Child's Custody: Independent Income, Lesser Age And Bigger Family Does Not Fully Indicate Better Care – Supreme Court
A Supreme Court Bench of Justice MR Shah and Justice Aniruddha Bose quashed and set aside a judgment passed by the Gujarat High Court by which the custody of a 5-year-old orphaned boy had been granted to his maternal aunt, over his paternal grandparents.
The Apex Court held that "There cannot be any presumption that the maternal aunt being unmarried having an independent income; younger than the paternal grandparents and having a bigger family would take better care than the paternal grandparents."
In this case, the Appellant is the paternal grandfather of the child. Respondent No. 4 is the maternal aunt to whom the High Court granted custody of the child.
Mr. DN Ray appeared for the Appellant and Mr. Rauf Rahim appeared for Respondent No. 4.
The parents of the child died during the second wave of Covid-19. While they were infected with the Covid-19 virus, the child was residing with his maternal aunt. The paternal grandfather approached the High Court for the writ of habeas corpus, alleging that the maternal aunt was not allowing them to enter the house of his son and daughter-in-law and to take the belongings of the child. It was also alleged that the paternal grandfather was not permitted to even meet the child.
The paternal grandfather sought custody of the child, but the High Court gave custody of the child to the maternal aunt.
Aggrieved, the paternal grandfather of the child approached the Supreme Court.
The Court opined that grandparents are more attached emotionally with their grandchildren.
Further, the Court also noted that the maternal aunt lived in a tribal area, whereas the grandparents lived in a Metro City. To that end, the Court opined that "The minor will get better education in Ahmedabad, which is a Metro City compared to the education in Dahod. Being a retired person, the paternal grandparents would devote more time and take care of minor better than respondent No. 4 who is serving in the government department. Income and/or the age and/or the bigger family cannot be the sole criteria to tilt the balance and not to give the custody of the grandson to the paternal grandparents."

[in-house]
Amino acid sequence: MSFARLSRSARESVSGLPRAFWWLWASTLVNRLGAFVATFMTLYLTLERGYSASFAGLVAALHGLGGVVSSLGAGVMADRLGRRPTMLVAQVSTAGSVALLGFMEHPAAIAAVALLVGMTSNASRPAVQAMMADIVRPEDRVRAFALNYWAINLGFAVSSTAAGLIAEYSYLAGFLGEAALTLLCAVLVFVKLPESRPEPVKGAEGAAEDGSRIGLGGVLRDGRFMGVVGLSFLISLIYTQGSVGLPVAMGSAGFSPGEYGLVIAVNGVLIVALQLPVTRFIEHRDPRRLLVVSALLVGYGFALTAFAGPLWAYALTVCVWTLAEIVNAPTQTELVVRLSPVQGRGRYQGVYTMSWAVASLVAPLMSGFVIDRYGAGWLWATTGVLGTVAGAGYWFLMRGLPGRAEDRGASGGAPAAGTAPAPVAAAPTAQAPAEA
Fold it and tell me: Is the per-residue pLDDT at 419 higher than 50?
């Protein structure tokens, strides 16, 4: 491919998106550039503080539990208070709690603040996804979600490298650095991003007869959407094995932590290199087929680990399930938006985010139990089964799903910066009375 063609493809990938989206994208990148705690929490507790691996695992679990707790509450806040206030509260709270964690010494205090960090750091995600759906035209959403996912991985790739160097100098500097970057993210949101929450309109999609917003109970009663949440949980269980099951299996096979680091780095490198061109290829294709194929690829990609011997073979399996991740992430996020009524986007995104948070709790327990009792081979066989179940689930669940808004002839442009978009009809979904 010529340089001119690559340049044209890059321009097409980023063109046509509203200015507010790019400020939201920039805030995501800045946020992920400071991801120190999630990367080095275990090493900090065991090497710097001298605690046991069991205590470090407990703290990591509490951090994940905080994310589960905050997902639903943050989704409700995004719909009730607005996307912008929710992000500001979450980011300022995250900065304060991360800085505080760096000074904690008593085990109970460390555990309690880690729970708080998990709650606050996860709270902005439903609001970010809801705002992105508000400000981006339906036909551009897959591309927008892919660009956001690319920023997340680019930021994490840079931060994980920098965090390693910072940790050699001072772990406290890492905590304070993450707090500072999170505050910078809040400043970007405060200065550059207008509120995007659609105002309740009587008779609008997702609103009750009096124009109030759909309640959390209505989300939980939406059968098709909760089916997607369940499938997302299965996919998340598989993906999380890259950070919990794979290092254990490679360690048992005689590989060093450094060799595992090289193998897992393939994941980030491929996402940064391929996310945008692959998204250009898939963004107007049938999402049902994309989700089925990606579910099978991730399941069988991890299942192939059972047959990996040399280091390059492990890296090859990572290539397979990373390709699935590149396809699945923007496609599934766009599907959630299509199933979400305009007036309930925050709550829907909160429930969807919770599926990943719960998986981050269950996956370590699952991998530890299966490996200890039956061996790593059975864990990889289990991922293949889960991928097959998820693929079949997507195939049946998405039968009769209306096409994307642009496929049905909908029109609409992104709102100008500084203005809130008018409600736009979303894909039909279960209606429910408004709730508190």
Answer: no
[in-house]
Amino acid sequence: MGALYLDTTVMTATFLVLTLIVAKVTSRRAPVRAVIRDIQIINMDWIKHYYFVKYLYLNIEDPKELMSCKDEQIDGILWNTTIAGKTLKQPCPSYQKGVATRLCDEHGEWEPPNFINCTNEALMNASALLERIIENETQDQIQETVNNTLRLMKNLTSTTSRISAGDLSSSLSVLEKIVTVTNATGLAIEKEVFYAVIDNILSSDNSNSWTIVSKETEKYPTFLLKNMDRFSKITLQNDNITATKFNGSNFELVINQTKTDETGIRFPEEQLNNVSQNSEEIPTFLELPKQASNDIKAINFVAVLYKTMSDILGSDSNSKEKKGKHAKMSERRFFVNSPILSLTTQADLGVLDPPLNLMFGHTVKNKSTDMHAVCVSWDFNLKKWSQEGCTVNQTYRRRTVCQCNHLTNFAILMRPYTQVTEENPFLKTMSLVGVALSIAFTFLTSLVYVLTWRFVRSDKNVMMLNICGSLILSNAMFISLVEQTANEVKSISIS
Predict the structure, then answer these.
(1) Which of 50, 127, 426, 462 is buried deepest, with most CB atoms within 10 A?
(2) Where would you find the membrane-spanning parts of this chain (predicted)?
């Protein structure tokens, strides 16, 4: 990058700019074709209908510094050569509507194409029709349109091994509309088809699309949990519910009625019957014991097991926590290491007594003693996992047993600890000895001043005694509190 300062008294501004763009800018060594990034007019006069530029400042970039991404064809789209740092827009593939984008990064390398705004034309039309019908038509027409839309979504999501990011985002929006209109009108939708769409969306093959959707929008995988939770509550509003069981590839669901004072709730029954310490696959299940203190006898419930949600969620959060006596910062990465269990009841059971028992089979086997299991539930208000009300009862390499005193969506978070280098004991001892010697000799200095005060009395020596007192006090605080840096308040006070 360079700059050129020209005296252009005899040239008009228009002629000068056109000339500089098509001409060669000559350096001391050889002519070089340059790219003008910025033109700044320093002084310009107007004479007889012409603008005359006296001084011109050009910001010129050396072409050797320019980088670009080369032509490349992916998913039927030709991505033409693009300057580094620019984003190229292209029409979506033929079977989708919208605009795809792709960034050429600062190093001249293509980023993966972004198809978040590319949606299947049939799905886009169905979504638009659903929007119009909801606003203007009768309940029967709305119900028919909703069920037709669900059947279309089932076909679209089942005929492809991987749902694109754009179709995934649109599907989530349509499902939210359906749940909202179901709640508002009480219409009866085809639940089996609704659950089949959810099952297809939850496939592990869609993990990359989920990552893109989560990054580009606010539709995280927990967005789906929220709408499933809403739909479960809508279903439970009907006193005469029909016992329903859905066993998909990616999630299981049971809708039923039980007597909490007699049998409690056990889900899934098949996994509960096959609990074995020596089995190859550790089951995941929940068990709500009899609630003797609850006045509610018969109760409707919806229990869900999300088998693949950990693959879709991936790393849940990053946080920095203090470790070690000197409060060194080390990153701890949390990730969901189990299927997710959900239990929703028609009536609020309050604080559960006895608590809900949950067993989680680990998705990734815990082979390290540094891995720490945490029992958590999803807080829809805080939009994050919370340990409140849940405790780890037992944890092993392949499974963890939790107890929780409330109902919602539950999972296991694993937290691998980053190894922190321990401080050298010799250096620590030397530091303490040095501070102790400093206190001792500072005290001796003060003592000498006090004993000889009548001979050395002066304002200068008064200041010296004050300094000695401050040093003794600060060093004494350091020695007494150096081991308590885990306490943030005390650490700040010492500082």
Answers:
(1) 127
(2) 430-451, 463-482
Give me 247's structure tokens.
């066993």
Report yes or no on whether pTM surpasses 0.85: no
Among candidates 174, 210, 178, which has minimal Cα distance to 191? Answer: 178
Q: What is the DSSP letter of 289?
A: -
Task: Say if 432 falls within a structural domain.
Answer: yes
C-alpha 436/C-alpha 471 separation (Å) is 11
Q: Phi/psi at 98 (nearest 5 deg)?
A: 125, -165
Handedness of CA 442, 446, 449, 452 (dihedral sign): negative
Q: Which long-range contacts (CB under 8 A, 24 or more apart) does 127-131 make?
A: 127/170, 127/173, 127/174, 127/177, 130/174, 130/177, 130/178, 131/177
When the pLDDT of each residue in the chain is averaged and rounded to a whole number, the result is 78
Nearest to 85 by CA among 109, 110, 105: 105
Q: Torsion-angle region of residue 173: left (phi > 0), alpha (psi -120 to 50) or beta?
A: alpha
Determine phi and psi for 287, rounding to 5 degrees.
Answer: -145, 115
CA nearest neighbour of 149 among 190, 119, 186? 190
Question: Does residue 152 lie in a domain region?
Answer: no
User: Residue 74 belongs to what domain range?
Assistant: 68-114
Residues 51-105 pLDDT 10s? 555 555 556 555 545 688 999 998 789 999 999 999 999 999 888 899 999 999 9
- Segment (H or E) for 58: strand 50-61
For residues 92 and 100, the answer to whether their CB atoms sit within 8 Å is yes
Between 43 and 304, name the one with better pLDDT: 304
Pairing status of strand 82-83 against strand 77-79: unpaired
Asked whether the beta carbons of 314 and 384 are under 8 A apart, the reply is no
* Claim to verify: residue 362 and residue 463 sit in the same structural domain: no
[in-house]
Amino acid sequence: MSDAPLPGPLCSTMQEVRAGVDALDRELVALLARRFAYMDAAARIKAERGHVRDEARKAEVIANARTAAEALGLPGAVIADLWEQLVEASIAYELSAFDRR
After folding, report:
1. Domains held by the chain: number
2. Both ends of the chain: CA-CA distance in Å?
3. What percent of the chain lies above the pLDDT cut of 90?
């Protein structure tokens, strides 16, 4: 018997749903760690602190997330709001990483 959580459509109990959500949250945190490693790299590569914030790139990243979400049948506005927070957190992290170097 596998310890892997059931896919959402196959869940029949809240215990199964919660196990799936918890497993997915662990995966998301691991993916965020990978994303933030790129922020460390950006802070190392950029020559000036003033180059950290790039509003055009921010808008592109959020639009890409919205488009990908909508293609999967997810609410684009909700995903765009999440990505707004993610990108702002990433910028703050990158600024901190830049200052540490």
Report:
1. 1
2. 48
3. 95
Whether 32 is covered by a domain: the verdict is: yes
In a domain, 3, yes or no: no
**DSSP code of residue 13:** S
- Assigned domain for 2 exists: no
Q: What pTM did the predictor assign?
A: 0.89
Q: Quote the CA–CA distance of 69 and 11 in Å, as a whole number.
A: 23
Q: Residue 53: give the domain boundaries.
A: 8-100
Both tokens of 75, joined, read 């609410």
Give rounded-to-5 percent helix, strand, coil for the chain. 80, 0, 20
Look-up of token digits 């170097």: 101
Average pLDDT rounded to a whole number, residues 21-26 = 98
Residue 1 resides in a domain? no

The Supreme Court observed that "We are of the opinion that if the balance is to be struck between the paternal grandparents and the maternal aunt, for the reasons stated above, the balance would certainly tilt in favour of the paternal grandparents. However, we may not be misunderstood that the maternal aunt may not take proper care of the minor son of her deceased sister."
The Supreme Court noted that the order passed in the present case is subject to the final outcome of the proceedings under Section 7 of the Guardians and Wards Act, pending before the competent court.
Setting aside the order of the High Court, the Supreme Court directed that while the custody of the child shall be with the paternal grandparents, the maternal aunt will be allowed visitation rights and video calling on a regular basis. To that end, the Supreme Court requested the parties to act jointly and cordially and have cordial relations to secure the larger interest of the child.
Disposing the Appeal, the Court said "We request to all the concerned to forget bitterness and forget the past and look in the future taking into consideration the future of the minor Pranav Acharya, who unfortunately, has lost his parents at the age of five years only. With this hope and trust, we close the present proceedings."